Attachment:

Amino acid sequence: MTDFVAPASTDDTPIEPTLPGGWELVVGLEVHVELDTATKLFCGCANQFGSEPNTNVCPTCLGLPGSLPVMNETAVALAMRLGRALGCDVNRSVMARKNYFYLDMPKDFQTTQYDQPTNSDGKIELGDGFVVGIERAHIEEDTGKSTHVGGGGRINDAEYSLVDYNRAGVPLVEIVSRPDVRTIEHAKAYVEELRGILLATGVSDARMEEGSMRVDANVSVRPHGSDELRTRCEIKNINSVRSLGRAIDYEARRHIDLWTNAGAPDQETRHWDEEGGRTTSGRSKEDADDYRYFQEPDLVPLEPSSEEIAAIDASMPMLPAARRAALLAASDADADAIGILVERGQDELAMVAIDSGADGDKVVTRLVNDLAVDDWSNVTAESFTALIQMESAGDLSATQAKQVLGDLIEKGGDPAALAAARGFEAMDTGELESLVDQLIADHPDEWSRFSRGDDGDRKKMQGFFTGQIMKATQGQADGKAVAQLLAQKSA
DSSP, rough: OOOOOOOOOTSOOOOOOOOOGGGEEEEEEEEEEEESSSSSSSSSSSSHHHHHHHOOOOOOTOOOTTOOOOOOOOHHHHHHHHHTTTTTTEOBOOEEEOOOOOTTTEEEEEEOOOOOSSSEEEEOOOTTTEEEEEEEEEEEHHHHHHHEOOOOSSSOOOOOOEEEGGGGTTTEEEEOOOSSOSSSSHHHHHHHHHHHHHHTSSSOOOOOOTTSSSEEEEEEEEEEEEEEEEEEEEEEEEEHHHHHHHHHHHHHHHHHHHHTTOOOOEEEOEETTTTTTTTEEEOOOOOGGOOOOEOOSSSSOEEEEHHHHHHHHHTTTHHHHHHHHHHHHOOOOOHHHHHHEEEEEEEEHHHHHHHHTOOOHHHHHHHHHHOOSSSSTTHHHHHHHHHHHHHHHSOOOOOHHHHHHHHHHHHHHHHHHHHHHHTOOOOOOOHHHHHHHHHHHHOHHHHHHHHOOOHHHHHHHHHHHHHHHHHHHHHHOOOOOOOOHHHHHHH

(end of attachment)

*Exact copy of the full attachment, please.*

Amino acid sequence: MTDFVAPASTDDTPIEPTLPGGWELVVGLEVHVELDTATKLFCGCANQFGSEPNTNVCPTCLGLPGSLPVMNETAVALAMRLGRALGCDVNRSVMARKNYFYLDMPKDFQTTQYDQPTNSDGKIELGDGFVVGIERAHIEEDTGKSTHVGGGGRINDAEYSLVDYNRAGVPLVEIVSRPDVRTIEHAKAYVEELRGILLATGVSDARMEEGSMRVDANVSVRPHGSDELRTRCEIKNINSVRSLGRAIDYEARRHIDLWTNAGAPDQETRHWDEEGGRTTSGRSKEDADDYRYFQEPDLVPLEPSSEEIAAIDASMPMLPAARRAALLAASDADADAIGILVERGQDELAMVAIDSGADGDKVVTRLVNDLAVDDWSNVTAESFTALIQMESAGDLSATQAKQVLGDLIEKGGDPAALAAARGFEAMDTGELESLVDQLIADHPDEWSRFSRGDDGDRKKMQGFFTGQIMKATQGQADGKAVAQLLAQKSA
DSSP, rough: OOOOOOOOOTSOOOOOOOOOGGGEEEEEEEEEEEESSSSSSSSSSSSHHHHHHHOOOOOOTOOOTTOOOOOOOOHHHHHHHHHTTTTTTEOBOOEEEOOOOOTTTEEEEEEOOOOOSSSEEEEOOOTTTEEEEEEEEEEEHHHHHHHEOOOOSSSOOOOOOEEEGGGGTTTEEEEOOOSSOSSSSHHHHHHHHHHHHHHTSSSOOOOOOTTSSSEEEEEEEEEEEEEEEEEEEEEEEEEHHHHHHHHHHHHHHHHHHHHTTOOOOEEEOEETTTTTTTTEEEOOOOOGGOOOOEOOSSSSOEEEEHHHHHHHHHTTTHHHHHHHHHHHHOOOOOHHHHHHEEEEEEEEHHHHHHHHTOOOHHHHHHHHHHOOSSSSTTHHHHHHHHHHHHHHHSOOOOOHHHHHHHHHHHHHHHHHHHHHHHTOOOOOOOHHHHHHHHHHHHOHHHHHHHHOOOHHHHHHHHHHHHHHHHHHHHHHOOOOOOOOHHHHHHH